Molecular dissection of Alzheimer's disease neuropathology by depletion of serum amyloid P component.
Kolstoe SE., Ridha BH., Bellotti V., Wang N., Robinson CV., Crutch SJ., Keir G., Kukkastenvehmas R., Gallimore JR., Hutchinson WL., Hawkins PN., Wood SP., Rossor MN., Pepys MB.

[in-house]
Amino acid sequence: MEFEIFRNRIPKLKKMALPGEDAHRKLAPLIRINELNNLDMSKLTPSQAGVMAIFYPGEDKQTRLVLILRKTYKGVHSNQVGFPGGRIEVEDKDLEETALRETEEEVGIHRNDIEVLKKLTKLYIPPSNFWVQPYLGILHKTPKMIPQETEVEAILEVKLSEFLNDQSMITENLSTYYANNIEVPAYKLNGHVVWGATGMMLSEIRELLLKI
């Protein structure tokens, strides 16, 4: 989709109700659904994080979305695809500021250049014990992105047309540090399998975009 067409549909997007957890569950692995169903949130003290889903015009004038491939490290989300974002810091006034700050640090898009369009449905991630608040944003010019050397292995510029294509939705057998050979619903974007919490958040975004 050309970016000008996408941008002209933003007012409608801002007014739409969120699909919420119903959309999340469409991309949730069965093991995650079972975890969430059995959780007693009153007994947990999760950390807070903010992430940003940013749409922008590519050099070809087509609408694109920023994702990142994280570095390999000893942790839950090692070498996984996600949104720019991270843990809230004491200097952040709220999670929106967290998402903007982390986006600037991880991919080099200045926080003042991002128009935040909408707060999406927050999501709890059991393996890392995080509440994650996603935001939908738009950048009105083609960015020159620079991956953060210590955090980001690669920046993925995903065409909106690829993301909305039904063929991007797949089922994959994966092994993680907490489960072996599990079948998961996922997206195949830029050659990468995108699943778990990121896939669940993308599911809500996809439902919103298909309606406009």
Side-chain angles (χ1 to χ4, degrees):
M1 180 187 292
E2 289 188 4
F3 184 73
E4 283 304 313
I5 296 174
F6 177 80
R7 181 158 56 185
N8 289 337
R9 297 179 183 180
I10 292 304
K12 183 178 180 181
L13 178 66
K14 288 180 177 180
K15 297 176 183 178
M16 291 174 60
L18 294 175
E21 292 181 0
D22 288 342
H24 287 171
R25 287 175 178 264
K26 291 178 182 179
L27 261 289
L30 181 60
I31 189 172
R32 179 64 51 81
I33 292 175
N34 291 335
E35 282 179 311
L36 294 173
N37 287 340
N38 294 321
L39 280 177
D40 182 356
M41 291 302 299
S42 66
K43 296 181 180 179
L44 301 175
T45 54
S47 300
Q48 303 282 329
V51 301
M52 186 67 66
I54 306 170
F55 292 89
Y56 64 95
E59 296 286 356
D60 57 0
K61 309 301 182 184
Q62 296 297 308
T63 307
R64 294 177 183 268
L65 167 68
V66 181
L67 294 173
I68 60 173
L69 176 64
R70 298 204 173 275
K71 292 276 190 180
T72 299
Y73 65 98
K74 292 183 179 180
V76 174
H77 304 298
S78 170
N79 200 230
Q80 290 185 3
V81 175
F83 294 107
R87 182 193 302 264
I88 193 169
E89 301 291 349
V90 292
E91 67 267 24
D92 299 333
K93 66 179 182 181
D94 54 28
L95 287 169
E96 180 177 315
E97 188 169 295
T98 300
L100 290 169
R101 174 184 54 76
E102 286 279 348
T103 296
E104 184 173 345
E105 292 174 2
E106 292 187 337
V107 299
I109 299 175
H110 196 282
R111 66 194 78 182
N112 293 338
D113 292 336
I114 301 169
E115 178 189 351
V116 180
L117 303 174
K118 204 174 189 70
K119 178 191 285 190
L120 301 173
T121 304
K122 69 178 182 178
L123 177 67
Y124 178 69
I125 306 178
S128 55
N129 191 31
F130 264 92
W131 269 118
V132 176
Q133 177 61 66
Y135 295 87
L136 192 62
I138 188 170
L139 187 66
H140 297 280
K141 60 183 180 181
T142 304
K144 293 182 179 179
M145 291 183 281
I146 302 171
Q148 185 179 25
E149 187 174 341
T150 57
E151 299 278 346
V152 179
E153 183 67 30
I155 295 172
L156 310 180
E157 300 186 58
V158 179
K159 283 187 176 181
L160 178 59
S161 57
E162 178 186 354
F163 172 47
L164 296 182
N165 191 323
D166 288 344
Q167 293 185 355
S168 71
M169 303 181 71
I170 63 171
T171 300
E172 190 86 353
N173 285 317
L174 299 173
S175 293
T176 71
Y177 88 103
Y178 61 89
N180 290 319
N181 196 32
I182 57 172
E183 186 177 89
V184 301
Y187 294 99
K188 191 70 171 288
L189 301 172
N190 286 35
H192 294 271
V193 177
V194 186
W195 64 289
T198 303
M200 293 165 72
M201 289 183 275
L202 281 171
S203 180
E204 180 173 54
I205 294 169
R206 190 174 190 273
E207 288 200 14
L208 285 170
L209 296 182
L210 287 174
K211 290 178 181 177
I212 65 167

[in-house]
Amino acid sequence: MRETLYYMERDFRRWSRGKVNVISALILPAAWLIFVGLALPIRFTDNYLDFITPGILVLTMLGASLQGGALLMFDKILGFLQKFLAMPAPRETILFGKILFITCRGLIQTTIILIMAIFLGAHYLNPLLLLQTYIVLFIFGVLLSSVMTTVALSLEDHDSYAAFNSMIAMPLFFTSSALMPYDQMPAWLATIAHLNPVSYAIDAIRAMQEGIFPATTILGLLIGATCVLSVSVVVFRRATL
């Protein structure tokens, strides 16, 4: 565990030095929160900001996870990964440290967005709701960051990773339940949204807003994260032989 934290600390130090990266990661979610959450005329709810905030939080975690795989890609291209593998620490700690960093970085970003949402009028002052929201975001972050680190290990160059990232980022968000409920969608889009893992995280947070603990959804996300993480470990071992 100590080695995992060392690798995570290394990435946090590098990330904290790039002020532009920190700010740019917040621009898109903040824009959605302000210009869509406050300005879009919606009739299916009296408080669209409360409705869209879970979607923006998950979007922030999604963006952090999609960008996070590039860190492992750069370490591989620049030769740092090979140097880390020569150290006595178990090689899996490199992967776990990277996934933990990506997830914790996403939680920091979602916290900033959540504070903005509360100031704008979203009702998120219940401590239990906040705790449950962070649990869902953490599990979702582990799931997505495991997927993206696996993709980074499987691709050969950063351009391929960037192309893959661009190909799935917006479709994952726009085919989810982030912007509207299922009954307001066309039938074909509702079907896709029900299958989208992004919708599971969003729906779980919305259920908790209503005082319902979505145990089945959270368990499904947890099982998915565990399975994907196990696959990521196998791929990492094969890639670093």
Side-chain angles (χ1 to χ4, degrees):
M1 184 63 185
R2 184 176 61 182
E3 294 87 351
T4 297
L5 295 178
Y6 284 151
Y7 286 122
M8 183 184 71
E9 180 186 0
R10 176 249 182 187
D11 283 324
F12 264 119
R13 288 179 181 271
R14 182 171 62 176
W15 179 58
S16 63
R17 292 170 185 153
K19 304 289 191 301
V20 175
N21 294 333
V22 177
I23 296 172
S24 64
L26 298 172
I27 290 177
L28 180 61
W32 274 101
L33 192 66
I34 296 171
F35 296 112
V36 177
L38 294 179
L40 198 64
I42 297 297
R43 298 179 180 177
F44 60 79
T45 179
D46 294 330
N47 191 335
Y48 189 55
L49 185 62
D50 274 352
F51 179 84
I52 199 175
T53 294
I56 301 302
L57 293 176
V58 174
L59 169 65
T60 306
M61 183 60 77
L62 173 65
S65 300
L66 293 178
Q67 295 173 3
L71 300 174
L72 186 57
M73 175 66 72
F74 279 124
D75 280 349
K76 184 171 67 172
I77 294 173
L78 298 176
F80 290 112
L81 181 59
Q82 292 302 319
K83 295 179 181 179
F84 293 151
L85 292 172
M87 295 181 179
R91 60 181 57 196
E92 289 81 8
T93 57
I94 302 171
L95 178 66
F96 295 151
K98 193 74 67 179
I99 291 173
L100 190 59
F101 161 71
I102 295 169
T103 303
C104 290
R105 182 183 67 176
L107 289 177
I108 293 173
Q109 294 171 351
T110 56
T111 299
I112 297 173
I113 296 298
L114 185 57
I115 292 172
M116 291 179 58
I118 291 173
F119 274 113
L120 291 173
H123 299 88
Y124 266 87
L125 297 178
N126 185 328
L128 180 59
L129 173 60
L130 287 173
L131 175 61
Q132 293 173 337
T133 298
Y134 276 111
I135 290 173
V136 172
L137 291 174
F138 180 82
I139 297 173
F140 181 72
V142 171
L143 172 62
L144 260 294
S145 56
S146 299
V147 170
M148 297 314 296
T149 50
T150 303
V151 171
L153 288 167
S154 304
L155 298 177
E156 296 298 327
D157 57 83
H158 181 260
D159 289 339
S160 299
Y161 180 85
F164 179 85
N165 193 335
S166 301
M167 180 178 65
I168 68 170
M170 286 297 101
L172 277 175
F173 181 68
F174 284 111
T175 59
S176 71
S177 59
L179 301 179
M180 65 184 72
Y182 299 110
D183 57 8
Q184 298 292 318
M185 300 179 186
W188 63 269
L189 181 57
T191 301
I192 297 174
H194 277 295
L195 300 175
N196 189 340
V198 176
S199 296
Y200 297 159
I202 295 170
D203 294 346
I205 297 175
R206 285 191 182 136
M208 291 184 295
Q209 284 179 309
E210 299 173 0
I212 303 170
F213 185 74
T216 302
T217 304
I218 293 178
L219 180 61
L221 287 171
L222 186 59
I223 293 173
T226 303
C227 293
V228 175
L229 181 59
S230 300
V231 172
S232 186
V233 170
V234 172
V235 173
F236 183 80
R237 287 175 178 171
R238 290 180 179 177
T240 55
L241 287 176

New therapeutic approaches in Alzheimer's disease are urgently needed. The normal plasma protein, serum amyloid P component (SAP), is always present in cerebrospinal fluid (CSF) and in the pathognomonic lesions of Alzheimer's disease, cerebrovascular and intracerebral Abeta amyloid plaques and neurofibrillary tangles, as a result of its binding to amyloid fibrils and to paired helical filaments, respectively. SAP itself may also be directly neurocytotoxic. Here, in this unique study in Alzheimer's disease of the bis(d-proline) compound, (R)-1-[6-[(R)-2-carboxy-pyrrolidin-1-yl]-6-oxo-hexanoyl]pyrrolidine-2-carboxylic acid (CPHPC), we observed depletion of circulating SAP and also remarkable, almost complete, disappearance of SAP from the CSF. We demonstrate that SAP depletion in vivo is caused by CPHPC cross-linking pairs of SAP molecules in solution to form complexes that are immediately cleared from the plasma. We have also solved the structure of SAP complexed with phosphothreonine, its likely ligand on hyperphosphorylated tau protein. These results support further clinical study of SAP depletion in Alzheimer's disease and potentially other neurodegenerative diseases.